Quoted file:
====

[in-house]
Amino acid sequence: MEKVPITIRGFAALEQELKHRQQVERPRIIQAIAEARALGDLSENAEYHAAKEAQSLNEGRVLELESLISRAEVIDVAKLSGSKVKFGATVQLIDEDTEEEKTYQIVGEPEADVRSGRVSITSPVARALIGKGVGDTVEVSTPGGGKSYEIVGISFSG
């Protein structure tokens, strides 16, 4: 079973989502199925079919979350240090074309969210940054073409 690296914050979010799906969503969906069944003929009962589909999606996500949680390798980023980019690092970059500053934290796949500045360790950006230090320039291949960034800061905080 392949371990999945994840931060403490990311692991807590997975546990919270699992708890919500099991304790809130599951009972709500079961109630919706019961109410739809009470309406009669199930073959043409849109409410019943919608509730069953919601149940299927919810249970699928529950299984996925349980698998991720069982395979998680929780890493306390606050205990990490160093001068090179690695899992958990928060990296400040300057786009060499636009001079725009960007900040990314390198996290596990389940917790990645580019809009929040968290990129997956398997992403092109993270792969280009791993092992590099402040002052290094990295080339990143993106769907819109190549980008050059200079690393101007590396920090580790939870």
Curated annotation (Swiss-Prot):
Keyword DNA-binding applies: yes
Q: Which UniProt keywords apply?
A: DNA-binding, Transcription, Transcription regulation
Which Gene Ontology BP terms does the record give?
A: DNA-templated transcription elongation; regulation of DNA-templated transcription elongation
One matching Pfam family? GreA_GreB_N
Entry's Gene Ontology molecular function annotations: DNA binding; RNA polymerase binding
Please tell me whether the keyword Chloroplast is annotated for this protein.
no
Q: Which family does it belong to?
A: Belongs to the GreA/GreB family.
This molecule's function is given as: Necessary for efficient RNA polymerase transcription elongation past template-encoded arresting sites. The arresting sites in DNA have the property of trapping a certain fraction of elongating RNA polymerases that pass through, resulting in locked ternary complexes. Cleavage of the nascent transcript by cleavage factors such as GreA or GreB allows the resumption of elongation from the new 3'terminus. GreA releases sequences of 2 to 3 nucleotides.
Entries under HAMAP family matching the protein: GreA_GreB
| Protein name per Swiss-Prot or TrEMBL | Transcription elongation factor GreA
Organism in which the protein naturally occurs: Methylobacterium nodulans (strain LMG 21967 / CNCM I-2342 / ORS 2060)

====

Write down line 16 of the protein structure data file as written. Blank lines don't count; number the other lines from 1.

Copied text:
This molecule's function is given as: Necessary for efficient RNA polymerase transcription elongation past template-encoded arresting sites. The arresting sites in DNA have the property of trapping a certain fraction of elongating RNA polymerases that pass through, resulting in locked ternary complexes. Cleavage of the nascent transcript by cleavage factors such as GreA or GreB allows the resumption of elongation from the new 3'terminus. GreA releases sequences of 2 to 3 nucleotides.